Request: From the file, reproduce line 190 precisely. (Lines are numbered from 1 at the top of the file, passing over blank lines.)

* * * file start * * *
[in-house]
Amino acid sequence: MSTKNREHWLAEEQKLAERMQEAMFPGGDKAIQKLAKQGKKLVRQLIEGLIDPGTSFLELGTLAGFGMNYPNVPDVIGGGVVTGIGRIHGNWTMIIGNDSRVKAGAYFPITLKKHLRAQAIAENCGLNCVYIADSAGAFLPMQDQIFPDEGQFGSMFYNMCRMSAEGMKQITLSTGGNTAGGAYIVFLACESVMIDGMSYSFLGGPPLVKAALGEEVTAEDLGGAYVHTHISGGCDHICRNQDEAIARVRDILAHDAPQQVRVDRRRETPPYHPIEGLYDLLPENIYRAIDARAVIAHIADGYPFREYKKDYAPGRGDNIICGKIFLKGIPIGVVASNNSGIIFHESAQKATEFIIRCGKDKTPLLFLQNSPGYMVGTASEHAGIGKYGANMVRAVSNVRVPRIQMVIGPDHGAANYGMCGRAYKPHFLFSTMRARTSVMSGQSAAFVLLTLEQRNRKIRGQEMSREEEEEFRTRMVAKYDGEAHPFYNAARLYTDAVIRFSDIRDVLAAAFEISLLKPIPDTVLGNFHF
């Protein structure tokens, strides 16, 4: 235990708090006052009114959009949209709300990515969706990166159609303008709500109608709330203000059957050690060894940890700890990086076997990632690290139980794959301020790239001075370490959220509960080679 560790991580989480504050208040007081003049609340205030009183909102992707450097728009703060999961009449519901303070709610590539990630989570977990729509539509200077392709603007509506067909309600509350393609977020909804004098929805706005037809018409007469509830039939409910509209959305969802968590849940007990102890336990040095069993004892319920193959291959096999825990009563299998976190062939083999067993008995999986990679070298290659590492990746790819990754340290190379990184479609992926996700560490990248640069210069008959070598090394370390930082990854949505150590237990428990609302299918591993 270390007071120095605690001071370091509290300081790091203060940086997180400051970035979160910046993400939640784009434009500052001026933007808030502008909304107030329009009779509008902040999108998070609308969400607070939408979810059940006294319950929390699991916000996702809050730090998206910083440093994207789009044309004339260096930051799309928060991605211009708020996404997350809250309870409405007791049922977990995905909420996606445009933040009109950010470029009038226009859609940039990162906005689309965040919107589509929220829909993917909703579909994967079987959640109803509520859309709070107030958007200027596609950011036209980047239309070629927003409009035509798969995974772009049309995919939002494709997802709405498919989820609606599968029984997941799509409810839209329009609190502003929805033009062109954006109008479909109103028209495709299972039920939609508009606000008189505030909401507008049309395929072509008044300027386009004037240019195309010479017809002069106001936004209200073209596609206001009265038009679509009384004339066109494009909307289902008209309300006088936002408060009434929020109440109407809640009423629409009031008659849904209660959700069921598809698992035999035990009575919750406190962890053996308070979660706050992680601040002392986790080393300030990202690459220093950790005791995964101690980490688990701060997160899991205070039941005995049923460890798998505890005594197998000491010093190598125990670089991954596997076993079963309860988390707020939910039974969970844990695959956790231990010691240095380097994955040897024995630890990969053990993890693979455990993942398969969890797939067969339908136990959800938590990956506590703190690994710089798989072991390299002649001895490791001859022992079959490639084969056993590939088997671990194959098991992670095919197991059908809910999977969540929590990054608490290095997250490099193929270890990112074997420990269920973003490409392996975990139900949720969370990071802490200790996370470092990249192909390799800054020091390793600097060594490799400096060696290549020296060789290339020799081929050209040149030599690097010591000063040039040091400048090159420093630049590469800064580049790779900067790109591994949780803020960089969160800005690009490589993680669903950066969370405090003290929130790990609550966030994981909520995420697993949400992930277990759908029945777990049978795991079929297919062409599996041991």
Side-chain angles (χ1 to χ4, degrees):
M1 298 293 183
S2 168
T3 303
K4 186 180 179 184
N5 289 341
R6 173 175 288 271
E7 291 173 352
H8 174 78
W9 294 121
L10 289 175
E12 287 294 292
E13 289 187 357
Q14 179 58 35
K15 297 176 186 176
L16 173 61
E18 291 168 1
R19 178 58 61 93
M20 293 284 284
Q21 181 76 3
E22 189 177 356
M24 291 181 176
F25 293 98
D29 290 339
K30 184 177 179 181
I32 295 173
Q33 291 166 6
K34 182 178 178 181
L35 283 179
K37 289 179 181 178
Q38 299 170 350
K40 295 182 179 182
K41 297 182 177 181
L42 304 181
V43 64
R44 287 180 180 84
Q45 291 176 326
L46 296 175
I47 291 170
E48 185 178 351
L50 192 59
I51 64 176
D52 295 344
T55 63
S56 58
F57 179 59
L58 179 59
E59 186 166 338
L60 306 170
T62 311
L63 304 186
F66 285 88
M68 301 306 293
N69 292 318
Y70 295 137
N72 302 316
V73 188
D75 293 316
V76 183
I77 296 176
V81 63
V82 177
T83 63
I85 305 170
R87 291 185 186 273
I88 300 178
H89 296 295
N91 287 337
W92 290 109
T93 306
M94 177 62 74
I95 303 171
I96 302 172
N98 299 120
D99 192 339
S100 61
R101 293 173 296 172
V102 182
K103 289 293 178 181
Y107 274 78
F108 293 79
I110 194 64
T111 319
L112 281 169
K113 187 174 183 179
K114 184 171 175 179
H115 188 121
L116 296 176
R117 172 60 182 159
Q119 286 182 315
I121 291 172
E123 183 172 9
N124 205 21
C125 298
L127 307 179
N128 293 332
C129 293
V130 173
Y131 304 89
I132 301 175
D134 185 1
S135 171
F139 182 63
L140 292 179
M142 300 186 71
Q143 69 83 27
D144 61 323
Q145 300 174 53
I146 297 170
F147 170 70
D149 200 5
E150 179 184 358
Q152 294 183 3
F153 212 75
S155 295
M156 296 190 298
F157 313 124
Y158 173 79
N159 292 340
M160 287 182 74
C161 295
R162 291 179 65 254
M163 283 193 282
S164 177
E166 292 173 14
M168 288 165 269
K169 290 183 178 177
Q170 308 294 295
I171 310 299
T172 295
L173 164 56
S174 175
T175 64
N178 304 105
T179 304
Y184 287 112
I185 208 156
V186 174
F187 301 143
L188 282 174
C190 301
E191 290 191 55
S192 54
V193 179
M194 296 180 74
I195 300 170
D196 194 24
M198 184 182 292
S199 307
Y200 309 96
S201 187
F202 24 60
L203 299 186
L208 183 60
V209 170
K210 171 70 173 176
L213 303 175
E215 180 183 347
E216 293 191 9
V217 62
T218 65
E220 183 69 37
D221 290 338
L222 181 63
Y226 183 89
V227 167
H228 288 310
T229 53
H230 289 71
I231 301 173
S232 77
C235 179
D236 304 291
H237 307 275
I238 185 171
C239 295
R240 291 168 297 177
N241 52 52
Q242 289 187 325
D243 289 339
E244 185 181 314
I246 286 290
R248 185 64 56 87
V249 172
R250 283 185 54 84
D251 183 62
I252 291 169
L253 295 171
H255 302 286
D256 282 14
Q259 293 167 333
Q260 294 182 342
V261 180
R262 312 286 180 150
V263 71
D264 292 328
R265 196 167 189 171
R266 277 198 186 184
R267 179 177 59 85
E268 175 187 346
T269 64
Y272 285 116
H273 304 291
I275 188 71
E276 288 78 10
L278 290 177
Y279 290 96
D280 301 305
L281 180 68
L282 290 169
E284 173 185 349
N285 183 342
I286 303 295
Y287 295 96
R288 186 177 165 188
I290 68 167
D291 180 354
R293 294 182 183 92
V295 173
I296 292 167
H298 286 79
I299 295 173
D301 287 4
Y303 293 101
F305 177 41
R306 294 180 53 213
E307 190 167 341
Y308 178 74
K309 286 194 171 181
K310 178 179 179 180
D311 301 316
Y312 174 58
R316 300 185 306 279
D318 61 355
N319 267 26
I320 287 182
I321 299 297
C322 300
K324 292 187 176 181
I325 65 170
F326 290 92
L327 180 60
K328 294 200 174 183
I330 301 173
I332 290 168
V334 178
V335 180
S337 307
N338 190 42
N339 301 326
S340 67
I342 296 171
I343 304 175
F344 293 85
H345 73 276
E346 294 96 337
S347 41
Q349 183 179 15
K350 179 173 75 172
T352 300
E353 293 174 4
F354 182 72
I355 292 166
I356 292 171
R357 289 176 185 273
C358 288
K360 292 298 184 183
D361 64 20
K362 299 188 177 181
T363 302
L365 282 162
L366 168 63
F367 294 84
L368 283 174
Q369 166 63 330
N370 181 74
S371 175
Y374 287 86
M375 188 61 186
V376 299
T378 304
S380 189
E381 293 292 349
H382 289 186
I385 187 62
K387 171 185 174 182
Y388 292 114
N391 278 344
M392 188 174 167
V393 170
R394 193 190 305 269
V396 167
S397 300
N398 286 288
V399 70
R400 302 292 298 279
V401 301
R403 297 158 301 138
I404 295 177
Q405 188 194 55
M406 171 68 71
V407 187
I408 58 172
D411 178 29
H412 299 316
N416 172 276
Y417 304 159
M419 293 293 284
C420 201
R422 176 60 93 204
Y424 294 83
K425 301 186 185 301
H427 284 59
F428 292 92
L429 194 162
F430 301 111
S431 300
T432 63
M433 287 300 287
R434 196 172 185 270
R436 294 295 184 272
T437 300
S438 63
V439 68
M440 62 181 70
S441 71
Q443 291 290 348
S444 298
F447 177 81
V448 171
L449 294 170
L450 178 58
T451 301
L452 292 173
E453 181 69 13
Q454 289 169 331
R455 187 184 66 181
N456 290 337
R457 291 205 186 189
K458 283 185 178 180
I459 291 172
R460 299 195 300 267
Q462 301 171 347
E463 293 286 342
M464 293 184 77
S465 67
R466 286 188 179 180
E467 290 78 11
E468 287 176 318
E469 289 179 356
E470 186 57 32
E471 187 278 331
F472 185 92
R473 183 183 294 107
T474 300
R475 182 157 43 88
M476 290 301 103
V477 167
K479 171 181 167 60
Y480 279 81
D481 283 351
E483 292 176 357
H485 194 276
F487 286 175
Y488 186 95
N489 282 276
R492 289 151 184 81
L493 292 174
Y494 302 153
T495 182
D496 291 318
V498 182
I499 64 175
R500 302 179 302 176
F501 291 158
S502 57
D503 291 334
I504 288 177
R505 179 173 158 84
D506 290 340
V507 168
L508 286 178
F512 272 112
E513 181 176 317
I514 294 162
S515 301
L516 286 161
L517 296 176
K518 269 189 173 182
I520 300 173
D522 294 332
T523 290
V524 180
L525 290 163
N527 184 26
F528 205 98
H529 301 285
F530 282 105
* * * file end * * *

I252 291 169